The Sad Difference Between "José" and "Joe" on a Job Application
A job applicant in Los Angeles decided to experiment with using a "whiter" name on his résumé. Doing so elicited interviews with companies that had previously ignored him.
Anyone who purports that race isn't an issue in modern America should look into the story of José Zamora of Hollywood, California. José is the subject of a video posted this week (embedded below) by Buzzfeed Yellow. His testimony about job hunting reveals a disappointing truth about discriminatory hiring practices:
After a long, unfruitful, job search, José decided to see what dropping the "s" from his name would do for his career prospects:
"The Monday I decided to go from José to Joe, seven days later [on] the next Monday, that's when all the responses started coming."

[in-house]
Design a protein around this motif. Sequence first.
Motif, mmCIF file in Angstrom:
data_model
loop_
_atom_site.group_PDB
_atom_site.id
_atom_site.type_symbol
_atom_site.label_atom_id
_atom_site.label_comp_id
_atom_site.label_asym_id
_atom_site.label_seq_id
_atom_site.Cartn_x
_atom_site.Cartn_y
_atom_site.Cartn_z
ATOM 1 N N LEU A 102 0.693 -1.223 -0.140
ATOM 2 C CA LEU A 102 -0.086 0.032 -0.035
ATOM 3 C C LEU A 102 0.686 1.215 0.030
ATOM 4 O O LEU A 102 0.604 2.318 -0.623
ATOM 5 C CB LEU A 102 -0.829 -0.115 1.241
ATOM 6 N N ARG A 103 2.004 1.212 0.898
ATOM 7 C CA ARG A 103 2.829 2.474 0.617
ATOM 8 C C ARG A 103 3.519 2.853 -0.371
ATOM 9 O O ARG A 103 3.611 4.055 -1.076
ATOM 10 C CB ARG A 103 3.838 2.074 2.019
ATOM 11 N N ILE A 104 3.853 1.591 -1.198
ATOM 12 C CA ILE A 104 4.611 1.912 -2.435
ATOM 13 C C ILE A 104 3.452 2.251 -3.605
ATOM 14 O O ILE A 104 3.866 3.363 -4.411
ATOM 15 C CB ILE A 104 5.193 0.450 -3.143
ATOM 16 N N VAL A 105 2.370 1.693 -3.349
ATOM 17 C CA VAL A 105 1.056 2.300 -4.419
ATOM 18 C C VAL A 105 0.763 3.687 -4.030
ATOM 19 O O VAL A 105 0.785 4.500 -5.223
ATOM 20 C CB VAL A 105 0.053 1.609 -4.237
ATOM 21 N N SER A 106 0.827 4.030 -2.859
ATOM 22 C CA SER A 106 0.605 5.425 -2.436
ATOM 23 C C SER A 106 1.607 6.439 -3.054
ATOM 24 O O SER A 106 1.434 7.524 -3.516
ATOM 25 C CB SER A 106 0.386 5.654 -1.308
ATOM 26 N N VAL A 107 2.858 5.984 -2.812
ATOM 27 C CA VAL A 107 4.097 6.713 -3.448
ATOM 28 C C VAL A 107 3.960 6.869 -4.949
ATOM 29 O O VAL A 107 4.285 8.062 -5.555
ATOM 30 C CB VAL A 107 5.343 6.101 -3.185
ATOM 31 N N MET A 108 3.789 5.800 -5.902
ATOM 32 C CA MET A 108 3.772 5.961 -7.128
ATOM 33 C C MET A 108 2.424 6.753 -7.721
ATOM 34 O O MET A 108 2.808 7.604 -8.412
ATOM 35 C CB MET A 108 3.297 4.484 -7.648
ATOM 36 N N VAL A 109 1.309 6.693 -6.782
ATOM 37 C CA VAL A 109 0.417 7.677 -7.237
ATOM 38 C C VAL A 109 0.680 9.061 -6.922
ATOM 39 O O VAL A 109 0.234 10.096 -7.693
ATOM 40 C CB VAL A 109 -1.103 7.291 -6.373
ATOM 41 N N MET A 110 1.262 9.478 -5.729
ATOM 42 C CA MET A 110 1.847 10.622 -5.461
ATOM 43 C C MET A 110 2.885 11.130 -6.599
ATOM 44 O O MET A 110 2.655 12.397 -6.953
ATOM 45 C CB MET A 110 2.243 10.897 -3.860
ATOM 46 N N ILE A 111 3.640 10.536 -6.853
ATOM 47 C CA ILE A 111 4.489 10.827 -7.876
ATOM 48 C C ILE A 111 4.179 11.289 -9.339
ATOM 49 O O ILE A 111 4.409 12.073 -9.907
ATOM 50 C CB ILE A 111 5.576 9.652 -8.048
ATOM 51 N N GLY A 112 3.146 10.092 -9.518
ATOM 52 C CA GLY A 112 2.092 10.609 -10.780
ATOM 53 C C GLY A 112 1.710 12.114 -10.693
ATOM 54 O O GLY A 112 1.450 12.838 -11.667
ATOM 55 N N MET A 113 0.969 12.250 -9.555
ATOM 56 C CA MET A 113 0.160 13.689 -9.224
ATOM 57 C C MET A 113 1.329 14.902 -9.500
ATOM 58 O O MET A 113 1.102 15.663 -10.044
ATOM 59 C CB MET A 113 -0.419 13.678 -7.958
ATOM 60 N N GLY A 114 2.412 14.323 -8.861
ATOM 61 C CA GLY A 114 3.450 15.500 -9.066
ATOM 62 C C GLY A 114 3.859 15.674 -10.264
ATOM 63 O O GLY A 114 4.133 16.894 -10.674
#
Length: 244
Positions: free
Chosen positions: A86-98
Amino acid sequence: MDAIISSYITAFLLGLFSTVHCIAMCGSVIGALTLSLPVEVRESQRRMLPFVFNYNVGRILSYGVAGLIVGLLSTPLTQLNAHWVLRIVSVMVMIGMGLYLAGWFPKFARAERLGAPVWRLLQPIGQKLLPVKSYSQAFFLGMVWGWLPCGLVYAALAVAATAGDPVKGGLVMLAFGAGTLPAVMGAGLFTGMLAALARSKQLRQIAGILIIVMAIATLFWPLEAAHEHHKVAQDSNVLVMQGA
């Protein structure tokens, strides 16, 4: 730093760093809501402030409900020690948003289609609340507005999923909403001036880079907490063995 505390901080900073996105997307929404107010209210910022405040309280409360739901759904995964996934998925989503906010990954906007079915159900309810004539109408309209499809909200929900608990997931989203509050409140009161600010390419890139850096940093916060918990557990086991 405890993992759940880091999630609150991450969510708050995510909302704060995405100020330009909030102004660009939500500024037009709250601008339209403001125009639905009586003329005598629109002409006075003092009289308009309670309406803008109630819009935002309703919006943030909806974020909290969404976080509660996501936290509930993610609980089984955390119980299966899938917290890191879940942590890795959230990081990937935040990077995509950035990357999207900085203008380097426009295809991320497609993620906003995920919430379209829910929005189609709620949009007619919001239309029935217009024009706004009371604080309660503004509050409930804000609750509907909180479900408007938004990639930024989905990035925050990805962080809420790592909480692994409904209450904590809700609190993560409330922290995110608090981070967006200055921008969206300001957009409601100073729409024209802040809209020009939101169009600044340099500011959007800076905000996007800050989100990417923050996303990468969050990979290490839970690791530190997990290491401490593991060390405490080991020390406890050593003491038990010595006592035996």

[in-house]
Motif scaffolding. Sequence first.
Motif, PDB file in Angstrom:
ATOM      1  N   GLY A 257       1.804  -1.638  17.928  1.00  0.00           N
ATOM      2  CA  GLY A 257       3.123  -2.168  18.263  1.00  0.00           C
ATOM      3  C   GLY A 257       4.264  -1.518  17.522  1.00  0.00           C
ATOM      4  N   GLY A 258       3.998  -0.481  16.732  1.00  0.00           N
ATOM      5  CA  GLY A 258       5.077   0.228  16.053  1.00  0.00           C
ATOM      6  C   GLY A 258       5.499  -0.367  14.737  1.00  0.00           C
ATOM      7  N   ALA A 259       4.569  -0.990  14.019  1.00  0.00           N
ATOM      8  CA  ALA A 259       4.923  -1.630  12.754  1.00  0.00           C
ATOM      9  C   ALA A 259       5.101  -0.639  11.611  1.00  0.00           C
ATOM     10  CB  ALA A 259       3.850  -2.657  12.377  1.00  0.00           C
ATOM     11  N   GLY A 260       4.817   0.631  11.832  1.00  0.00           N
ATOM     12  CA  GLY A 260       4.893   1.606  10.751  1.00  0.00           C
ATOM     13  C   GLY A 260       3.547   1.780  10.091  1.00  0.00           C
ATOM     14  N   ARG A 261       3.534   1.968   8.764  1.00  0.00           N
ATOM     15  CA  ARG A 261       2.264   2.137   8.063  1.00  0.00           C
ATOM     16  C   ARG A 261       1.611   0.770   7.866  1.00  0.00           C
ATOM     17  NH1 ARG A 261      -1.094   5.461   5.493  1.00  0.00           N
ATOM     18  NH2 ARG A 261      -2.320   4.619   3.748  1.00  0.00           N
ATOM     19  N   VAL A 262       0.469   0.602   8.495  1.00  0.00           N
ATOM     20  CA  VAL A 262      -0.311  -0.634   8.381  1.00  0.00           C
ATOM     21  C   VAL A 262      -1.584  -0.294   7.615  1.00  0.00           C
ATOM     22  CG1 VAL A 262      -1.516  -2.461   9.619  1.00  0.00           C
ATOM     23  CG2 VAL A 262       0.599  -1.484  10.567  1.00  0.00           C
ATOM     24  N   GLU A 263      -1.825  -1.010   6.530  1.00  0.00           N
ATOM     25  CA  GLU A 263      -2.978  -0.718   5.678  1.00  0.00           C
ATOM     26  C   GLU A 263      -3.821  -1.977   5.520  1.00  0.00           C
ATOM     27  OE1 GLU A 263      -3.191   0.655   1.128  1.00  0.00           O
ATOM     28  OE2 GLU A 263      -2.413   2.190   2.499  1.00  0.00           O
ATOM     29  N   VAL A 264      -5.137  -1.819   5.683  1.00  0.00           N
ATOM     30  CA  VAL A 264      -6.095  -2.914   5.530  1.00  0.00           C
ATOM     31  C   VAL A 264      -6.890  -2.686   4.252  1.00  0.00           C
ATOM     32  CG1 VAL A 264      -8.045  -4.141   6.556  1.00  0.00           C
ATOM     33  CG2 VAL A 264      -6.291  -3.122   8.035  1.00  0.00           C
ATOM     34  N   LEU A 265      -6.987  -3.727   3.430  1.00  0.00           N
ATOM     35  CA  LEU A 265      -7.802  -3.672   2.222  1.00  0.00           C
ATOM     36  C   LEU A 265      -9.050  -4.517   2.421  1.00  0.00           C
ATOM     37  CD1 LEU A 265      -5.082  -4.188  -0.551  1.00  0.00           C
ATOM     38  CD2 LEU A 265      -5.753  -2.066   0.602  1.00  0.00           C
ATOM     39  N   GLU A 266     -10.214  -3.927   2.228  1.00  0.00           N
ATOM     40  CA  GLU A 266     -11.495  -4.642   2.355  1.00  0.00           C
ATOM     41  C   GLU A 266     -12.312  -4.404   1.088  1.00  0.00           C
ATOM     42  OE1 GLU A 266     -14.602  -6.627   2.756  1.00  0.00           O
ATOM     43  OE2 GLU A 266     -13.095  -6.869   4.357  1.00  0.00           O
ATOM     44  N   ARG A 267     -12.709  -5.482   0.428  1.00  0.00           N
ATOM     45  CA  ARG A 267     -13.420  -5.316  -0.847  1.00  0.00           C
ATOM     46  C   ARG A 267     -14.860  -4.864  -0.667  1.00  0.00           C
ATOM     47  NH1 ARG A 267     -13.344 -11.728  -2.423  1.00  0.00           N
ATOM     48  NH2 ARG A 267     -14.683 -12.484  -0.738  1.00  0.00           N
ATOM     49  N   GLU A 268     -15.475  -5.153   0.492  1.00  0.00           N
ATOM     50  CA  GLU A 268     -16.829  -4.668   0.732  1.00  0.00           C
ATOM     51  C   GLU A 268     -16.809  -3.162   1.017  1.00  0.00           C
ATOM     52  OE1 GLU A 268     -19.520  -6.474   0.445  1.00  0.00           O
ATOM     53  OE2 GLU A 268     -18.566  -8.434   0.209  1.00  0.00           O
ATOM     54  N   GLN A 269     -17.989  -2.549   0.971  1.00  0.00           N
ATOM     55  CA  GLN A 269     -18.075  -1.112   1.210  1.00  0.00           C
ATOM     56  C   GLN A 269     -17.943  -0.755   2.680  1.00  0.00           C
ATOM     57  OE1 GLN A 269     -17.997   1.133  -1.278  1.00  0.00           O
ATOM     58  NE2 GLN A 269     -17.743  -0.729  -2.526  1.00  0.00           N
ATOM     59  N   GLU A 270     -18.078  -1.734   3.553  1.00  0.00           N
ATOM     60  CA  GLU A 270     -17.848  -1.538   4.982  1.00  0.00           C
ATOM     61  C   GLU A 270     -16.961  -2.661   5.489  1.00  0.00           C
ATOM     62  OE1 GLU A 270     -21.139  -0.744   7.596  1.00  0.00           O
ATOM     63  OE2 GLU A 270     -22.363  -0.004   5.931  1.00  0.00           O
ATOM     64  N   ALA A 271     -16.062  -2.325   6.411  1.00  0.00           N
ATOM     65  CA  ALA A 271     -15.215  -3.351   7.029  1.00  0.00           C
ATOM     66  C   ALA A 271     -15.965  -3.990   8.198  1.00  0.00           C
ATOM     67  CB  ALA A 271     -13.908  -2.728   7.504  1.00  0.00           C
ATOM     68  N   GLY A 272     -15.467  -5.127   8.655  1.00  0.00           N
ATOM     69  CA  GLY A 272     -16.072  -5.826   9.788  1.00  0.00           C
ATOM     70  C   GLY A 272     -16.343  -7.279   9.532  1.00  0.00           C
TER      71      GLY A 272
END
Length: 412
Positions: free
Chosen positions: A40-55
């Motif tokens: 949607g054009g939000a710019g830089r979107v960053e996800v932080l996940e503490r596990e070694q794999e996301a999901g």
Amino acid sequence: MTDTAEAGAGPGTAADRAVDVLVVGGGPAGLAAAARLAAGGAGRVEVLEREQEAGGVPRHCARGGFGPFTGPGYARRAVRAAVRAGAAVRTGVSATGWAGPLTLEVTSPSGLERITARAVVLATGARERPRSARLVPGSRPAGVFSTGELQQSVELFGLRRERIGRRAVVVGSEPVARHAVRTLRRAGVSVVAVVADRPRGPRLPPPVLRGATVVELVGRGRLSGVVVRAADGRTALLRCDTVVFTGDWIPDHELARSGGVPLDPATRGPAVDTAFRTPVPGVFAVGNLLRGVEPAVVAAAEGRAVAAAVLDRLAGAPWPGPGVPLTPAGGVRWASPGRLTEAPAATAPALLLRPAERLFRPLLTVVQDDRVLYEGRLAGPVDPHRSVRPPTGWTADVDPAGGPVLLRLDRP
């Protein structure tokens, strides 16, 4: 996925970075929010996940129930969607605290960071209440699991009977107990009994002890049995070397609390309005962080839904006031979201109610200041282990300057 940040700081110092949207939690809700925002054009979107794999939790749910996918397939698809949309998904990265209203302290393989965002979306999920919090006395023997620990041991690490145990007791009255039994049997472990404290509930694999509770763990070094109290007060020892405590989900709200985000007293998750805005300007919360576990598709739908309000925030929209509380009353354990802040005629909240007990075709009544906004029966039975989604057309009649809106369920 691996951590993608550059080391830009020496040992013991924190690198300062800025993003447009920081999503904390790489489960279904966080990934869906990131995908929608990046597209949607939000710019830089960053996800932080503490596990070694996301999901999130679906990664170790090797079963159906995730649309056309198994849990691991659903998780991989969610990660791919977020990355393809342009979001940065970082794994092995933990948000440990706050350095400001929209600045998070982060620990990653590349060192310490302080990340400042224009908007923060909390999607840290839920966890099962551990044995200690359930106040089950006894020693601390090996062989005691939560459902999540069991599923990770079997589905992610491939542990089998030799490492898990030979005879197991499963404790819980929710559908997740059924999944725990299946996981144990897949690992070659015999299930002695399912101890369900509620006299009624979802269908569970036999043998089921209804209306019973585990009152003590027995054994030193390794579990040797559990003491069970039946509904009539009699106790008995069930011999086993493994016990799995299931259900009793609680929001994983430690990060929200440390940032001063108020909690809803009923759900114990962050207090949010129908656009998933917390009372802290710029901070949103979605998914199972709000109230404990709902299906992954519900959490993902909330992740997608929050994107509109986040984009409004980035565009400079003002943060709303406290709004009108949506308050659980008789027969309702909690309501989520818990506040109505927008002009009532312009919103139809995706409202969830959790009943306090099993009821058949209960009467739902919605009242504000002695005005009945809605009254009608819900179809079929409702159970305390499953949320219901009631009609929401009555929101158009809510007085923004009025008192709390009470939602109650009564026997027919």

He explains that the very same employers who had ignored him when he was José were now jumping at the opportunity to hire "Joe." He had the exact same résumé as before, save for the first name.
Multiple studies have been conducted to prove how what José went through isn't just an anomaly. A 2002 University of Chicago study showed that white-sounding names like Emily Walsh or Brendan Baker were 50% more likely to get responses from prospective employers than black-sounding names like Lakisha Washington or Jamal Jones. Such discrimination is illegal yet is incredibly hard to prove.
If you're a hiring manager, be sure to always be cognizant of your subconscious biases. Have you ever caught yourself discriminating against certain types of applicants?
Job searchers, have you ever had an experience similar to José's?
Let us know in the comments.
Watch the Video on Buzzfeed Yellow's YouTube Channel
Photo credit: alphaspirit / Shutterstock
When adults are challenged to behave like adults, by a child, they can go in one of two directions.